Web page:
Chris Berry loves African music so much that he risked his life to play it. As a teenager in California, the Grammy-winning singer-songwriter, who plays the WOW Hall Friday, Aug. 16, studied African drumming with master drummer Titos Sompa, then spent a decade exploring it at the source, especially among Zimbabwe’s Shona people. He learned their language, cultural history and music, including their signature instrument, the zingy metal mbira (a “thumb piano”). His Zimbabwe-based band Panjea, which blended traditional African sounds with hip hop and Afropop, earned widespread popularity there — as well as the enmity of the country’s corrupt, thuggish leader, Robert Mugabe, thanks to Berry’s anti-repression lyrics. Death threats finally forced him to escape Zimbabwe, but Berry’s really a citizen of the world, teaching (at Stanford and Oberlin, among others) and performing his African-tinged music in concerts and festivals around the globe. Now based in Brooklyn and Hawaii, he’s worked with Zimbabwean legends like Oliver Mtukudzi and Eugene’s Thomas Mapfumo, as well as jammier types like The String Cheese Incident and many others.
Berry’s new album, King Of Me, does what greats like Paul Simon, Danny Michel, David Byrne, Brian Eno have done: place a poetic pop-folk chassis over an African music engine to create a propulsive musical vehicle for his songs. He’s electrified and otherwise modified the mbira so that it can play the role of electric guitars and bass, sort of the converse of Mapfumo’s appropriation of mbira melodic lines, which he transposed to electric guitar. Further propelled by Ivorian reggae drum master Abou Diarrassouba, and guest album appearances by Brazilian Girls and others, the final result is a potent, pop-inflected fusion of African and American sounds.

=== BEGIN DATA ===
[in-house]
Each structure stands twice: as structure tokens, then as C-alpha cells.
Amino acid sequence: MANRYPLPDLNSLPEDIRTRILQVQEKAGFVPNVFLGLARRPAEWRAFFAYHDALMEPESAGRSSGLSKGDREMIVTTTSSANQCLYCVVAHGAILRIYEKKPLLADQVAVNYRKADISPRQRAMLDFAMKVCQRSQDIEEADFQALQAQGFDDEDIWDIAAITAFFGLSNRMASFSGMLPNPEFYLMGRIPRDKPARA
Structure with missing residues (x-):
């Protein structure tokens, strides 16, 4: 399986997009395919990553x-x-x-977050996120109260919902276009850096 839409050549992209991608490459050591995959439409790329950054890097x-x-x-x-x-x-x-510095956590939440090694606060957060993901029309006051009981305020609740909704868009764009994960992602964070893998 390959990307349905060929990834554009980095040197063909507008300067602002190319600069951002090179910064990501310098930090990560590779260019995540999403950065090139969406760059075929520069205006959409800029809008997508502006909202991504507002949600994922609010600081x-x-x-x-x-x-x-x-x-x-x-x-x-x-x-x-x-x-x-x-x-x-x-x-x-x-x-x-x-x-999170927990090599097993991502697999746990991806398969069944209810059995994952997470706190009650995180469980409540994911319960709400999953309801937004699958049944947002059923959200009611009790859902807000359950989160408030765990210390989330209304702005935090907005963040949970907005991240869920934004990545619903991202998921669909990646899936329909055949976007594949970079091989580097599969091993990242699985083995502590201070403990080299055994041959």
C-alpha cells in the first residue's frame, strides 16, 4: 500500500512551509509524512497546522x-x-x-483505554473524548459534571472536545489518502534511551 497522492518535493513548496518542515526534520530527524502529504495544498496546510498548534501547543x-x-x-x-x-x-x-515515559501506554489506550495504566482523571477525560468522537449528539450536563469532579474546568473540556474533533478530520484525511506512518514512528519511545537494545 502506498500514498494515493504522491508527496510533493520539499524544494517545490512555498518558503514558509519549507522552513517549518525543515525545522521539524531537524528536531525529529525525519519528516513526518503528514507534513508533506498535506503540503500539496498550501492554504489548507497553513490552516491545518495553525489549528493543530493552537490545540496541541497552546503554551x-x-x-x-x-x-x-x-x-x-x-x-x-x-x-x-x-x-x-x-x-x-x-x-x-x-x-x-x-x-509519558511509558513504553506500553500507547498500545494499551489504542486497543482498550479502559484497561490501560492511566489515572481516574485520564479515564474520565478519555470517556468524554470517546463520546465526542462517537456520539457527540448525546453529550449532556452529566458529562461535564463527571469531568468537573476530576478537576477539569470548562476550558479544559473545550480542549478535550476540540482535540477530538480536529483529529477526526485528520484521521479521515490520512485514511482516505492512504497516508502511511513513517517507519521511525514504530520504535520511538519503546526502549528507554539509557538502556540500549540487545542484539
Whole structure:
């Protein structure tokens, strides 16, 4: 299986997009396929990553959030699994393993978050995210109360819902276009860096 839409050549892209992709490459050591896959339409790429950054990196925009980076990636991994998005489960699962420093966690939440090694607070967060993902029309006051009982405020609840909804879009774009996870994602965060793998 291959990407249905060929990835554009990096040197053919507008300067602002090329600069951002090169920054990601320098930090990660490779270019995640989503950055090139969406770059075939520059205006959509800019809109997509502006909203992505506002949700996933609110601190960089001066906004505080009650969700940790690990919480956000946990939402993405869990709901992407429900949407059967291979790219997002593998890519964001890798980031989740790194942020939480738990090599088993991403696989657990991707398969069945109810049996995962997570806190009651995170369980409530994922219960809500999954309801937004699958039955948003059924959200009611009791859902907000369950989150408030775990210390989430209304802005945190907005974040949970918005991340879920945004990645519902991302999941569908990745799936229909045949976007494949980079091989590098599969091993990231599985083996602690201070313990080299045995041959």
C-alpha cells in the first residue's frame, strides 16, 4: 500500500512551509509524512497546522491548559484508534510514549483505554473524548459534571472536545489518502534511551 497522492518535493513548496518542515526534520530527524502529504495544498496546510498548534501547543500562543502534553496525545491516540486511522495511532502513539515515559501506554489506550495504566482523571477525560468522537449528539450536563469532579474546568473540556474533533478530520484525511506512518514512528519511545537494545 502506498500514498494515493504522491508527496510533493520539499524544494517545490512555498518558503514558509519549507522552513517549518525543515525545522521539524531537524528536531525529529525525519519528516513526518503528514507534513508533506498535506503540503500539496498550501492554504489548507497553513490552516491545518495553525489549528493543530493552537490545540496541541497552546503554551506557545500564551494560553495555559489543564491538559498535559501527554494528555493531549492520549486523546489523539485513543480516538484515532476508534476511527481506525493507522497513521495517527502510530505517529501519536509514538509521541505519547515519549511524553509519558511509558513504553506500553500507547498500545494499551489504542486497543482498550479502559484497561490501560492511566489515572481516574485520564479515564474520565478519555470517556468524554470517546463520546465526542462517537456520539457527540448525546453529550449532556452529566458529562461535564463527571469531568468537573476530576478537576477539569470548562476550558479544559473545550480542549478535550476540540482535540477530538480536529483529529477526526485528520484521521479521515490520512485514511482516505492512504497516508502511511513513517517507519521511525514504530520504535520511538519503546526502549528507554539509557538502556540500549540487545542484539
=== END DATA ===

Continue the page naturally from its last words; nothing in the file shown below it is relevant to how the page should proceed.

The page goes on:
Classical music, however, still slumbers through its summer doldrums, but a brief breeze blows through the University of Oregon this weekend when Korean pianist Meehyun Michelle Ahn plays music by Tchaikovsky (an arrangement of The Nutcracker ballet music), mystical late Romantic Russian composer Alexander Scriabin and contemporary Korean composer Lee Insik on Aug. 16 at Beall Concert Hall. And on the afternoon of Aug. 18 at the UO’s intimate Collier House, flute faculty Molly Barth and Kim Pineda lead a free student performance, including Baroque works (played on period flutes) by Telemann and Couperin, as well as flute faves by Bach and modern composers.